UN investigator calls for independent review of Prevent

Category: Civil Rights and Freedoms

13th June 2017

A former UN Special Rapporteur has called for an independent review of the UK's 'divisive' counter terrorism strategy, Prevent.

Maina Kiai, previously the Special Rapporteur on freedom of assembly and association, made the recommendations in his final report to the Human Rights Council, following a visit to the UK in April 2016. Kiai pointed to the strategy failings, claiming it singled out certain groups, "dividing, stigmatising and alienating segments of the population, Prevent could end up promoting extremism, rather than countering it".

Prevent is a strand of the government's counter-terrorism strategy that aims to reduce the threat of attacks by stopping "vulnerable people from being drawn into terrorism and extremism".

More than 4,600 people including children of primary school age were referred into Channel, a Prevent-linked deradicalisation programme, in the first year after the introduction of the strategy in 2015.

Public sector workers including teachers and doctors are required to give "due regard to the need to prevent people from being drawn into terrorism".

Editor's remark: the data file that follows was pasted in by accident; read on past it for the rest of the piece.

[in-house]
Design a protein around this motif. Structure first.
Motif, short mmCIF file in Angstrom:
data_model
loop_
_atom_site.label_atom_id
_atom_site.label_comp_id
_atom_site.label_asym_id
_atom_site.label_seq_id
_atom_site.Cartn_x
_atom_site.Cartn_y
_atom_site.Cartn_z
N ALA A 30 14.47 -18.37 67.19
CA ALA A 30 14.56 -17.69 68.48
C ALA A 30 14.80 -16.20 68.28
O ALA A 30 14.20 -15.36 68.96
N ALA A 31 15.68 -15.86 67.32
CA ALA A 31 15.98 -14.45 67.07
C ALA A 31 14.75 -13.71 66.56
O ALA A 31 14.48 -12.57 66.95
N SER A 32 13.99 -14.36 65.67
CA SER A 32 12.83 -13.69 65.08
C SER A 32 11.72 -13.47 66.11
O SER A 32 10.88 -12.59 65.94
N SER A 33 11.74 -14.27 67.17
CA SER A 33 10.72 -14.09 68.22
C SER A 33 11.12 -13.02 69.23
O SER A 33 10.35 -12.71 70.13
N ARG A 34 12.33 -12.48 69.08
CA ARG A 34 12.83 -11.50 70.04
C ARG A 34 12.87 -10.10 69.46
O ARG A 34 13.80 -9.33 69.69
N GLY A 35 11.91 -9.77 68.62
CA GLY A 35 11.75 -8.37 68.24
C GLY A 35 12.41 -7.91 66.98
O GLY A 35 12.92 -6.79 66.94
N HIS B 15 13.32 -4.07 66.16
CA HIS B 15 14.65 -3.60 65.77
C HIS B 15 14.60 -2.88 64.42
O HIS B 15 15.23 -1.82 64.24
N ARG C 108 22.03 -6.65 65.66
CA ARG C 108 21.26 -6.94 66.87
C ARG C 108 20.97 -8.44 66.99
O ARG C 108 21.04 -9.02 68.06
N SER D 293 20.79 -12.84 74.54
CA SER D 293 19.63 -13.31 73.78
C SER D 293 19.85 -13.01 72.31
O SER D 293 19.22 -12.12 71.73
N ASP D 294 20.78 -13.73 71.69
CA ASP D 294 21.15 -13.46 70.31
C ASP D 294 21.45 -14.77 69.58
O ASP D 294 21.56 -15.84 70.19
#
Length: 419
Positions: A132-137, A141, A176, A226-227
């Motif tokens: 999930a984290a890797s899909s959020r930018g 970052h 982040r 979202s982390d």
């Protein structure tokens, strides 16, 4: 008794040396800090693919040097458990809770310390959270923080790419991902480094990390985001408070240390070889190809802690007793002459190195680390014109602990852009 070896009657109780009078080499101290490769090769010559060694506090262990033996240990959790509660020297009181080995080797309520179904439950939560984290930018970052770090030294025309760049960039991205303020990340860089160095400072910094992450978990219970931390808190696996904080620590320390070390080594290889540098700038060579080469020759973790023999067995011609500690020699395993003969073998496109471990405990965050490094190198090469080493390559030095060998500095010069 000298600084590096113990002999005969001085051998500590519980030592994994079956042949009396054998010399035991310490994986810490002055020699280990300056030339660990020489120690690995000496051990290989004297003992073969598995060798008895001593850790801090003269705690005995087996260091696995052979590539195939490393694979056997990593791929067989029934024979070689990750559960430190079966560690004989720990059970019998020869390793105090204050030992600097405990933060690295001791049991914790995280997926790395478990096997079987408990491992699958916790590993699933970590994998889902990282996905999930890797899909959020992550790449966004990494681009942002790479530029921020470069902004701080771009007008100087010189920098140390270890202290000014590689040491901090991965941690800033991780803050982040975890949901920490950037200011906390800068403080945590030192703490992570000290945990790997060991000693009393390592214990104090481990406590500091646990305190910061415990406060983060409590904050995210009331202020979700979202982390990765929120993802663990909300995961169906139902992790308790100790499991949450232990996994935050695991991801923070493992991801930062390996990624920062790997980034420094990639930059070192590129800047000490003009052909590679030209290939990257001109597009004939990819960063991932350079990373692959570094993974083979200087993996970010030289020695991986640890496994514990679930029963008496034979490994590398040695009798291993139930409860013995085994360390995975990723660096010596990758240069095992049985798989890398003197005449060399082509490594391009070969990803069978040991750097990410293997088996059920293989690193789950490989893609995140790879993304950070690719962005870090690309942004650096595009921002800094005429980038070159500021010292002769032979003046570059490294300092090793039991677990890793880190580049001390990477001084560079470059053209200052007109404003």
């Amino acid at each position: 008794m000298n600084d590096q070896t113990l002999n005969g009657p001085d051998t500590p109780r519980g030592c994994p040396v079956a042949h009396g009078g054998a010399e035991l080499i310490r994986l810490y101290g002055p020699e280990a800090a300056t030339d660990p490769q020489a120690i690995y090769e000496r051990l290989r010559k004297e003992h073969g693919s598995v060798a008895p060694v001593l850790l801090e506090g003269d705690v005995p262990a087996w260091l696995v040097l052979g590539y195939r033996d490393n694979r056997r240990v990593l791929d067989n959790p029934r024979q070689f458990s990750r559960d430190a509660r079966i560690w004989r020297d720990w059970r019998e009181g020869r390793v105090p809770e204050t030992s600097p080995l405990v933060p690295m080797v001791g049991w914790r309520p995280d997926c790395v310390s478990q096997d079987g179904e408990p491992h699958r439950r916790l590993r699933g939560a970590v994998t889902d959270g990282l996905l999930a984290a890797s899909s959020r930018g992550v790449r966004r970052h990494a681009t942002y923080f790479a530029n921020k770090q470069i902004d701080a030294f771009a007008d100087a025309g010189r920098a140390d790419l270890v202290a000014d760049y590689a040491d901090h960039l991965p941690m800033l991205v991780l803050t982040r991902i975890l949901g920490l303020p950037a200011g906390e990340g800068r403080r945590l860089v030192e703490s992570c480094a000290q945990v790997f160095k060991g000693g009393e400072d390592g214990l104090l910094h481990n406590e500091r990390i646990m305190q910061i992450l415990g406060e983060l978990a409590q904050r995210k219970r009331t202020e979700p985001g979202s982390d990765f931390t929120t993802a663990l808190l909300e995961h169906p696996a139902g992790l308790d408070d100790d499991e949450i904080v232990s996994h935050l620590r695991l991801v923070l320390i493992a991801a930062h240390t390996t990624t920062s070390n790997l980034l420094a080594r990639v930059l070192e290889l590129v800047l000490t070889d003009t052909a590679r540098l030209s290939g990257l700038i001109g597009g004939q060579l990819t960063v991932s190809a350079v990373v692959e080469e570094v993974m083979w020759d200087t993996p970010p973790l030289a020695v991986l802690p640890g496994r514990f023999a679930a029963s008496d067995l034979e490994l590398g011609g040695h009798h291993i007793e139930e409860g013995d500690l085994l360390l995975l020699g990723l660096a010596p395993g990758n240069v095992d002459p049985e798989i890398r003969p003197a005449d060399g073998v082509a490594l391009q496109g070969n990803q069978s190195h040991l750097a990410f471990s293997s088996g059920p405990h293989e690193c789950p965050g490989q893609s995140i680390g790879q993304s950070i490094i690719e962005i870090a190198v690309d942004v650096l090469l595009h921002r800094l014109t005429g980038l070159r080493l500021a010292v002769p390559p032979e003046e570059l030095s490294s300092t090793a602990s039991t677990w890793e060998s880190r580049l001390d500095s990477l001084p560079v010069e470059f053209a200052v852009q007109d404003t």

The calls for a review come in the run-up to the UK general election, where Prevent has come under renewed scrutiny following a suicide attack in Manchester, which killed 22 people.

The Kenyan lawyer lambasted the British government for its inability to define "non-violent extremism" and that the lack of definition had helped create an environment of "unease and uncertainty around what can legitimately be discussed in public".

His findings were reached after a three-day fact-finding mission last year, when he met UK government officials, activists and individuals affected by Prevent.

Kiai is the second senior UN expert to speak out about Prevent.

In a report in February, Ben Emmerson, the special rapporteur on the promotion and protection of human rights and fundamental freedoms while countering terrorism, said that teachers "should not be required to act as watchdogs or intelligence officers".

Adriana Edmeades, the legal and policy director for Rights Watch UK, welcomed Kiai's report, describing Prevent as "simply not fit for purpose".

"We welcome the report and recommendations of the UN special rapporteur... who has added his voice to the growing call for an independent review."

"As a strategy that targets non-violent extremism, [it] raises very serious human rights concerns and is simply not fit for purpose," said Edmeades. "The message to the government is clear: they must establish an independent review without delay."

Kiai's damning report rallied international support for existing calls by senior parliamentarians and the UK government's own former independent reviewer of terror legisaltion, David Anderson QC, for a review of the strategy.

 

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